How will our lives, our way of thinking, be changed by the internet, which has seduced a whole generation with its inanities so that even quite reasonable people will confess that, once they are hooked, it is hard to cut free, and they may find a whole day has passed in blogging etc?I don't have an answer, I just wonder how many more people happened to read Doris Lessing's Nobel acceptance speech because of the internet? Of course, reading online is different from reading a book, even Felicity Finds Love; the hope if offers, for example, of a possible unity as abstract as its binding is real. But reading Lessing's speech and then The Literary Saloon's report on the NBCC's survey results, I wondered about the impact blogging has - not on reading - but on writing. So many more people are writing for a large audience. What an extraordinary change! What impact might this have?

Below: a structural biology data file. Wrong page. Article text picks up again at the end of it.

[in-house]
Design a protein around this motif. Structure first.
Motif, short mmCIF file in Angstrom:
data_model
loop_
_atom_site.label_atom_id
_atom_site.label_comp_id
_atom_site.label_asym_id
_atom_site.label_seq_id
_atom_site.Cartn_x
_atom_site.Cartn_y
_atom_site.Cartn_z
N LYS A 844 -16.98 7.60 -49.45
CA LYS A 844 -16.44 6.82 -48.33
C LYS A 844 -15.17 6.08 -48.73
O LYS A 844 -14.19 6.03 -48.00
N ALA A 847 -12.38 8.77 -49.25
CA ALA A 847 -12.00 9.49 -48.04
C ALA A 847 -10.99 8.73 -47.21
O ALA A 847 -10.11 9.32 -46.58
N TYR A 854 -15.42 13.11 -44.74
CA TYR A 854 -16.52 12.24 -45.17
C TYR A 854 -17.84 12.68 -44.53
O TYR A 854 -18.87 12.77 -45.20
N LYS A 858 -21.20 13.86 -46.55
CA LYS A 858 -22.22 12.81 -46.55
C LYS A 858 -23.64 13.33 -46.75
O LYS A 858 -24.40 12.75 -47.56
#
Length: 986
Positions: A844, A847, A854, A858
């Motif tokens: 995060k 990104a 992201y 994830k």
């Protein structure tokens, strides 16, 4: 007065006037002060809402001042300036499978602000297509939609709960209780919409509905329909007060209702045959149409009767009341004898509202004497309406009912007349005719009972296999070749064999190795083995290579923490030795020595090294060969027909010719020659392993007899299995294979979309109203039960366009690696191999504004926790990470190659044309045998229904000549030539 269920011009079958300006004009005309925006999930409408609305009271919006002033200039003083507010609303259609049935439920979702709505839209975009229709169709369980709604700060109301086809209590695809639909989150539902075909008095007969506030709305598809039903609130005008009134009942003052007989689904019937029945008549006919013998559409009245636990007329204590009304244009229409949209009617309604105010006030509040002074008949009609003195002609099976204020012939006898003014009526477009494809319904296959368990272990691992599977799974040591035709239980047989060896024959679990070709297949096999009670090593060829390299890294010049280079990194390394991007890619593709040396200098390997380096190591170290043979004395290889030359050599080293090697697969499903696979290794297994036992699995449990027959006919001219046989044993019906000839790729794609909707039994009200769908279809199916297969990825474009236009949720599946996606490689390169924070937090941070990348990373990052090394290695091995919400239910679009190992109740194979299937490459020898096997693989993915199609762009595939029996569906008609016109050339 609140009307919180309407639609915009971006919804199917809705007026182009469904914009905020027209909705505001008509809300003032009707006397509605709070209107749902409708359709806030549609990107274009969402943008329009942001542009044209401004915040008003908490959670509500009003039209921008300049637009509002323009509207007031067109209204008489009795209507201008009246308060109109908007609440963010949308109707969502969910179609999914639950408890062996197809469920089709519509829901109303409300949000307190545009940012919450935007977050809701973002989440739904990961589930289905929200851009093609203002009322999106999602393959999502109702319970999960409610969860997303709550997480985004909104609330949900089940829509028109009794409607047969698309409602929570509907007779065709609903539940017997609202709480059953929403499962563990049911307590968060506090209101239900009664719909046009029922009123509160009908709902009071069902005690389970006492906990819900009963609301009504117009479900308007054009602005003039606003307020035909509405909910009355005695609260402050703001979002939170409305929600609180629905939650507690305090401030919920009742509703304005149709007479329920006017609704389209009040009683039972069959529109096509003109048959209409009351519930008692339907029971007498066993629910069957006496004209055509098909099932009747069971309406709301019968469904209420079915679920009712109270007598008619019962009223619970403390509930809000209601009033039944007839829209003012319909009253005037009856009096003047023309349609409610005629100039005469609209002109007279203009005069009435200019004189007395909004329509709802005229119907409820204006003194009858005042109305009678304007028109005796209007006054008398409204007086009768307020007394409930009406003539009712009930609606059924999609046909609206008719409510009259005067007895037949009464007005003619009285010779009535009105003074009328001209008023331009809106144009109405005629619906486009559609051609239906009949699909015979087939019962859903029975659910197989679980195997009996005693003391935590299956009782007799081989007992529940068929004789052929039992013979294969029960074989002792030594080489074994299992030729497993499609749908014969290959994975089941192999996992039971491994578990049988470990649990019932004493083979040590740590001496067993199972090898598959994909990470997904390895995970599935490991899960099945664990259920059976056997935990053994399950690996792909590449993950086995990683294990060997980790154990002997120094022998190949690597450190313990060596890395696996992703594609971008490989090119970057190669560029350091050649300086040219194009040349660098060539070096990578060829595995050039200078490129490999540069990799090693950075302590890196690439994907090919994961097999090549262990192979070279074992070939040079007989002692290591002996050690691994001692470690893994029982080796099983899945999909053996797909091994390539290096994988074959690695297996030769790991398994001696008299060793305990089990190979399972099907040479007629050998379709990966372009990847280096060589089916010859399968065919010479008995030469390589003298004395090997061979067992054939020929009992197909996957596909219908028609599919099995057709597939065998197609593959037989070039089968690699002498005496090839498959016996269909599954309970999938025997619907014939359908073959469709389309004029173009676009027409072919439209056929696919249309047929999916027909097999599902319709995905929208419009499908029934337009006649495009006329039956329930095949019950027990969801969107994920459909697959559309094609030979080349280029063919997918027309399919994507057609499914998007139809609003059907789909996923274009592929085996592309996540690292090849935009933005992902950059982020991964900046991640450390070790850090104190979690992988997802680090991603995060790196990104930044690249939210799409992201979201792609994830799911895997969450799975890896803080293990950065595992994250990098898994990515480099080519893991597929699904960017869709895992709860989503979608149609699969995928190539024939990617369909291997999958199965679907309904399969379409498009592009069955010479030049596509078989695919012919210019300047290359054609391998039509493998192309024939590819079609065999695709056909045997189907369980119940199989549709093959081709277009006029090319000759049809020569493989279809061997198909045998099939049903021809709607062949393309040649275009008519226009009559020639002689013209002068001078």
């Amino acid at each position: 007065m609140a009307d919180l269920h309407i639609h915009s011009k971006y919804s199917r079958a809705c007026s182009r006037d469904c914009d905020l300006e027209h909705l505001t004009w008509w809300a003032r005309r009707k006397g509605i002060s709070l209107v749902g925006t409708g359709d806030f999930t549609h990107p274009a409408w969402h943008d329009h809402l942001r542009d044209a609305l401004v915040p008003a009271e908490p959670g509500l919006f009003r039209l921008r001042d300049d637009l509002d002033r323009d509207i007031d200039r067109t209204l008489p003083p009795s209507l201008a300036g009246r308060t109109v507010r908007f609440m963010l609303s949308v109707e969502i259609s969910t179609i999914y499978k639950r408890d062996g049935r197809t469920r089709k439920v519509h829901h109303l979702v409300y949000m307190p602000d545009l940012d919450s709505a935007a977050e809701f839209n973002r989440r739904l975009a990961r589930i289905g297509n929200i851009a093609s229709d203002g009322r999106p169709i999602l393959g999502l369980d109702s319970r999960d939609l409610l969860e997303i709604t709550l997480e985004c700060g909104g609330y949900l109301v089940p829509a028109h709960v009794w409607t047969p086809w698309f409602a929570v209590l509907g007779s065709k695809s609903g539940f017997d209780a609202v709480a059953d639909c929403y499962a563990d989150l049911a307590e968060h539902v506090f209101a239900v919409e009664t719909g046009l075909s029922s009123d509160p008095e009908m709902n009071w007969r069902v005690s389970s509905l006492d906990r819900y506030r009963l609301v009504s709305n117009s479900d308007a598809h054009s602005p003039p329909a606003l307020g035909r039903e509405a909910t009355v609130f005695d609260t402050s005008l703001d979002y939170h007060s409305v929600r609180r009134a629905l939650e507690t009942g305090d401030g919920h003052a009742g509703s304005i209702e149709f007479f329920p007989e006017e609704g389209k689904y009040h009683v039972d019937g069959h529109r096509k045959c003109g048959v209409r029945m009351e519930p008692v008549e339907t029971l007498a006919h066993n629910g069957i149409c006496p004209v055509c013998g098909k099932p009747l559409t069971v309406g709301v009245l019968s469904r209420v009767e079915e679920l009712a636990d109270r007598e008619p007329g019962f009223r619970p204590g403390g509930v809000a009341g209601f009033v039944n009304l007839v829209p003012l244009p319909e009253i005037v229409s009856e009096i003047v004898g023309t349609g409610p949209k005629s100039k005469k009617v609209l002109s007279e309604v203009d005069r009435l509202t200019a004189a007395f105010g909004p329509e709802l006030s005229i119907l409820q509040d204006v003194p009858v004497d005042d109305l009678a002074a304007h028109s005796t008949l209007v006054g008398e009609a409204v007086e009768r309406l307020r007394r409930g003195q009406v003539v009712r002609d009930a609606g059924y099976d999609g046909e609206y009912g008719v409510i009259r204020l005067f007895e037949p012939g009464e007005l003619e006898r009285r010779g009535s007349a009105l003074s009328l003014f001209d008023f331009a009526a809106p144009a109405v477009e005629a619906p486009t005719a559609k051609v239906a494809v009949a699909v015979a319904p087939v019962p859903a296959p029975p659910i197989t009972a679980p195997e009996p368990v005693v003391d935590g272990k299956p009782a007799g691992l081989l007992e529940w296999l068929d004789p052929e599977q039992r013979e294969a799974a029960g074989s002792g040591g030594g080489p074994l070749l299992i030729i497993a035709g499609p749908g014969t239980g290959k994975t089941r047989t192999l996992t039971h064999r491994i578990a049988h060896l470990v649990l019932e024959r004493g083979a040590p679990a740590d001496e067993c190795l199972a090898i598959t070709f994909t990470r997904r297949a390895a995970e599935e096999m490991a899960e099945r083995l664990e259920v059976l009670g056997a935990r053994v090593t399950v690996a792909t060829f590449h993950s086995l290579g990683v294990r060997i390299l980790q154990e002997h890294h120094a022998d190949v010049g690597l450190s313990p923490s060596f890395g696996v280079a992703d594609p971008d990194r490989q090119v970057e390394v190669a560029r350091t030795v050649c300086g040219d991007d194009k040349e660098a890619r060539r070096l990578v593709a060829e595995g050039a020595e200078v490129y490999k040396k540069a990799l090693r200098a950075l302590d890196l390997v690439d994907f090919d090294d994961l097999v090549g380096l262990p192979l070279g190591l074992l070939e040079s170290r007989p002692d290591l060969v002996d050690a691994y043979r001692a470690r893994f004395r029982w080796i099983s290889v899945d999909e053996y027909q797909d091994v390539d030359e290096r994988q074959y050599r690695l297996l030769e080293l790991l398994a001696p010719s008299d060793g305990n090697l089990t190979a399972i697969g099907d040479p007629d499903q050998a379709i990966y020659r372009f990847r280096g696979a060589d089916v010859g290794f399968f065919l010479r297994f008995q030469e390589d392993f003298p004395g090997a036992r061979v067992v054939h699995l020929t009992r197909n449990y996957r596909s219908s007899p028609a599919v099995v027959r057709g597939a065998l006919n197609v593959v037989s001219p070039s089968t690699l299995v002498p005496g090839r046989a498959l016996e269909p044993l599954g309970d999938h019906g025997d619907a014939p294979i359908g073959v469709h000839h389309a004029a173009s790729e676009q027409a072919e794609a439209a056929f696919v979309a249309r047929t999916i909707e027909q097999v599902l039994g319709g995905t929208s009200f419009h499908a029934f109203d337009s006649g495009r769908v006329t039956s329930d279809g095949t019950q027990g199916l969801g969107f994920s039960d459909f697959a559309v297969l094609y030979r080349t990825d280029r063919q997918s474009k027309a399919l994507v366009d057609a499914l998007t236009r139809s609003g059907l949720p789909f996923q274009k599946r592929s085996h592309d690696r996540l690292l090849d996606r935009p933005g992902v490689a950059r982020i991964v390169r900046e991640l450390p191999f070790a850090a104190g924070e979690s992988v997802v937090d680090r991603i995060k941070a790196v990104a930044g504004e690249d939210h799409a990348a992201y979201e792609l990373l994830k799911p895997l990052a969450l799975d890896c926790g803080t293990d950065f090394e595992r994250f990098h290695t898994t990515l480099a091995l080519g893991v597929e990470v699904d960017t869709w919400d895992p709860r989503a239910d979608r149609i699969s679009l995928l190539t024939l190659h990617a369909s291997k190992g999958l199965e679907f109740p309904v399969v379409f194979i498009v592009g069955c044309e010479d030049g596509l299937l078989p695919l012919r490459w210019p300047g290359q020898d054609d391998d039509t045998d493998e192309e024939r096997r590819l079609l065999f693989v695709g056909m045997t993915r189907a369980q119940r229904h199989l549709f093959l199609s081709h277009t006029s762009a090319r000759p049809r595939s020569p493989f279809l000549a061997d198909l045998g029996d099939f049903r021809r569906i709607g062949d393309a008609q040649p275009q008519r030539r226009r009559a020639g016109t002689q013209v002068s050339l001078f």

Writers are often asked: "How do you write? With a word processor? an electric typewriter? a quill? longhand?" But the essential question is: "Have you found a space, that empty space, which should surround you when you write?"Yes, many more are finding a space: however the word is disguised, a whole day may indeed pass in writing ... etc.